Working in finance became cool again
Part of the aftermath of the financial crisis was that young, talented workers didn’t want to work in finance. The stink of greed on Wall Street was too strong for those whose job prospects were hit hard by the crisis, so many turned their eyes to Silicon Valley. Leaders in the finance industry recognized this problem, talked about it, tried hard to overcome it, and generally failed.
But lo and behold at a recent Internapalooza in Manhattan, young STEM students showed a newfound willingness to work in finance. One even noted Wall Street is as appealing as Silicon Valley. That will be music to the ears of financial services recruiters.
Surely the infusion of fintech – and its hip culture – has helped turn the tide in favor of Wall Street. But nothing has helped as much as the passage of good ol’ father time.
Speaking of Wall Street and technology…
It is no secret that Adena Friedman brought serious tech chops when she ascended to the CEO suite at Nasdaq. So it should come as no surprise that her first acquisition is all about tech; or more specifically, RegTech.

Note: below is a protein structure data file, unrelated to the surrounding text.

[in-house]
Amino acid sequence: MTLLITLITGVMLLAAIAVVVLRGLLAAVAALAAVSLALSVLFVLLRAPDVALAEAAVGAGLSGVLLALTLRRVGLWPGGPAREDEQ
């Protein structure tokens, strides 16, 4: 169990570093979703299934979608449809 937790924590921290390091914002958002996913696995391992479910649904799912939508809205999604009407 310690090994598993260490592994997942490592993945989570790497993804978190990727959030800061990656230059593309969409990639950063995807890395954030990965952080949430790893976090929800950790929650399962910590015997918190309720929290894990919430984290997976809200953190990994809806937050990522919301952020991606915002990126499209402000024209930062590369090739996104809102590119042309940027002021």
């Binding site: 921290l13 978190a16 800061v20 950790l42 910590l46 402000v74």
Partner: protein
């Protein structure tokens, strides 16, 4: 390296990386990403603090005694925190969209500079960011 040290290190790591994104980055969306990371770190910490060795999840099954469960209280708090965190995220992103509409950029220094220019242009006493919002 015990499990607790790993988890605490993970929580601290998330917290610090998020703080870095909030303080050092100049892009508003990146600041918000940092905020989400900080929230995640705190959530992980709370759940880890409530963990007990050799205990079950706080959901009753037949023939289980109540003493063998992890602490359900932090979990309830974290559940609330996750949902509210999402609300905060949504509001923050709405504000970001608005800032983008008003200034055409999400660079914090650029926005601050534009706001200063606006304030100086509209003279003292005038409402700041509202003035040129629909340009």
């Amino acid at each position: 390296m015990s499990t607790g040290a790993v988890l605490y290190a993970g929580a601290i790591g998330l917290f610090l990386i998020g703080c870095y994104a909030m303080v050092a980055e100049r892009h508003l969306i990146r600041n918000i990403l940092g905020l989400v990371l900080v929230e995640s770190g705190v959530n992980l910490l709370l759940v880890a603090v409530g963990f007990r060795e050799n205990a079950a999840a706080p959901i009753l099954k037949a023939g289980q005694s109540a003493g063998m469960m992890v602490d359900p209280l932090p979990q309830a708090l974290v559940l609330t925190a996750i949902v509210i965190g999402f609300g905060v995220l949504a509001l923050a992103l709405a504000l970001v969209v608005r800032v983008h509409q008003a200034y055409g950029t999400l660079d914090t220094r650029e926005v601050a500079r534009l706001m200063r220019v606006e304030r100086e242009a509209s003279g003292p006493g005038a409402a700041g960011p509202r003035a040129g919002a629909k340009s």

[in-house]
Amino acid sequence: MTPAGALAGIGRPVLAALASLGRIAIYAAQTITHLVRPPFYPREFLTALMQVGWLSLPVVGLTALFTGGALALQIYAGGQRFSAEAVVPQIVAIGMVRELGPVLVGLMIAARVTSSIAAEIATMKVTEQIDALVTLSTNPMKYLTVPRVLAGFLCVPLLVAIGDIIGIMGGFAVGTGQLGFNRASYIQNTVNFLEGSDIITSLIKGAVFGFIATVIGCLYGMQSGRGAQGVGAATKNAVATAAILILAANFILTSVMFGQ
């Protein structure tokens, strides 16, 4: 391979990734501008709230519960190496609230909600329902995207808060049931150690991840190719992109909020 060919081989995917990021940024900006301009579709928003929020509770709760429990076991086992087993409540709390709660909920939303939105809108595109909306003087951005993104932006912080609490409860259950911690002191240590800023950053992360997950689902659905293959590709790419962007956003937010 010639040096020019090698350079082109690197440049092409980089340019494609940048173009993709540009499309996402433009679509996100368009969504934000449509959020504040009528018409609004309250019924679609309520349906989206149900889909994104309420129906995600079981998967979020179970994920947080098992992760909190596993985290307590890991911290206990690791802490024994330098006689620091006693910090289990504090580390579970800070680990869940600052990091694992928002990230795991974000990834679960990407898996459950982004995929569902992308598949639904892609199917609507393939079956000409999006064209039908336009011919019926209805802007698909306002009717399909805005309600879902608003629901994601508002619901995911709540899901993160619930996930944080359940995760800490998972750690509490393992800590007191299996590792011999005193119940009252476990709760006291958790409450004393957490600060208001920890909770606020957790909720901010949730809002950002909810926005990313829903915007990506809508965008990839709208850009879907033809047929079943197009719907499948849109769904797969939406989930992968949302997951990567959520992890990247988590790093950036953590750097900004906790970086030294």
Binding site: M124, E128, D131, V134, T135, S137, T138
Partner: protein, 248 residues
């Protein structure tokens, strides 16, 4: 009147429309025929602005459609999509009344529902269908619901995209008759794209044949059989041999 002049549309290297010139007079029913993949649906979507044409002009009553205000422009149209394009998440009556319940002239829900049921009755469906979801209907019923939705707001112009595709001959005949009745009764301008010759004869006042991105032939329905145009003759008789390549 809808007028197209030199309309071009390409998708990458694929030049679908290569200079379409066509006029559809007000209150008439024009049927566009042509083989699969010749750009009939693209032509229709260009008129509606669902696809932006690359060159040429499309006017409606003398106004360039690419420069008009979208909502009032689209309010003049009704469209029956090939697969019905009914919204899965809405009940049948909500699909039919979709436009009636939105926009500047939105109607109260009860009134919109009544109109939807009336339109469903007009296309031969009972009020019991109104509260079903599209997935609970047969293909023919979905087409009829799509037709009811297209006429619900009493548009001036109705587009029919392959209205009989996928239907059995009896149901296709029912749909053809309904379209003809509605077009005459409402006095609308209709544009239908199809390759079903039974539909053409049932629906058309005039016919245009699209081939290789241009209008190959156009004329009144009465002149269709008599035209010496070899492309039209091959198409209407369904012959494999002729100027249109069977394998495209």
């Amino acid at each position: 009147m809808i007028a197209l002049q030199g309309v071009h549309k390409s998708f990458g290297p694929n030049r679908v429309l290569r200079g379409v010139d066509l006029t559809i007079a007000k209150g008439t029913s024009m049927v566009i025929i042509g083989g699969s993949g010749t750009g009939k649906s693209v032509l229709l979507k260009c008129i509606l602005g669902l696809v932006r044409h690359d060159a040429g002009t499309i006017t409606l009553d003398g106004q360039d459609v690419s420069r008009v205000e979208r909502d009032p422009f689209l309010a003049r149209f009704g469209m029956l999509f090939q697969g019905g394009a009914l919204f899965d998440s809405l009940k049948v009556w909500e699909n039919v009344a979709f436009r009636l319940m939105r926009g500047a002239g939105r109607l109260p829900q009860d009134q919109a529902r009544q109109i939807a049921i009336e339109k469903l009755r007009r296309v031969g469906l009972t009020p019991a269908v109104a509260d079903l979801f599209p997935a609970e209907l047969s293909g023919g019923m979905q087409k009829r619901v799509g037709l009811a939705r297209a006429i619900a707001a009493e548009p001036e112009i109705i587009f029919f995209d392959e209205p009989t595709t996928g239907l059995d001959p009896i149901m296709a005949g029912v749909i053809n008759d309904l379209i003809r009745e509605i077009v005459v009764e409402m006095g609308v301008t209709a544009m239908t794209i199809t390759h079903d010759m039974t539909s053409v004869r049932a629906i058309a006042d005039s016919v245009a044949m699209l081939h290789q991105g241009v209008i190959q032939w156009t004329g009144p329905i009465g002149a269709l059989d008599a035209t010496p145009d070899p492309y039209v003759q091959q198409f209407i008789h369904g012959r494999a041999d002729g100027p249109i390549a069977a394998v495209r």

Behavioral science is doing more and more research into the mind of traders. To see that research being combined with the latest tech advances in an effort to catch rogue traders is actually pretty refreshing. Maybe this is the kind of do-gooder work that has the STEM students at that Internapalooza so excited?
On Europe’s banking union
I would say the jury is definitely still out, but Martin Sandbu thinks the banking union is a smash hit and will only help to bring the people and politics of the continent closer together. I am not so sure about that, but it sounds good. I also like the new term Sandbu introduces: the bank-state complex.
What a concept!
This paper is all about an initiative to provide loan-level data transparency in order to enhance the securitization process. Can we all just step back for a second and admire how awesome such an endeavor is in the year 2017. We are a decade removed from a crisis wherein little to no loan-level data was transparent and here is this little team of people chugging along trying to improve it. Mind you, their efforts are only 5 years old.
It is almost as if the very notion of having loan-level data transparency is just so far beyond the pale that it is something that can only be the stuff of dreams. When it should be an absolute reality.
Now this is a ‘nothingburger’
When I saw the headline hinting at how Sen. Gary Peters, D-Mich., leverages his unique insight as a former broker when weighing in on the fiduciary rule, I thought I was gonna get … well … some unique insight.
Instead, all the article offers are nuggets of wisdom such as:
"We have to deal with the reality of what we have now."
"We have a rule in place. I don't want ideology to drive the debate."
"The devil's in the details.”
"I try to check ideology at the door [and operate] in a practical, common-sense way."
"It's a lot easier to save early than save later."
Wow ... what insight.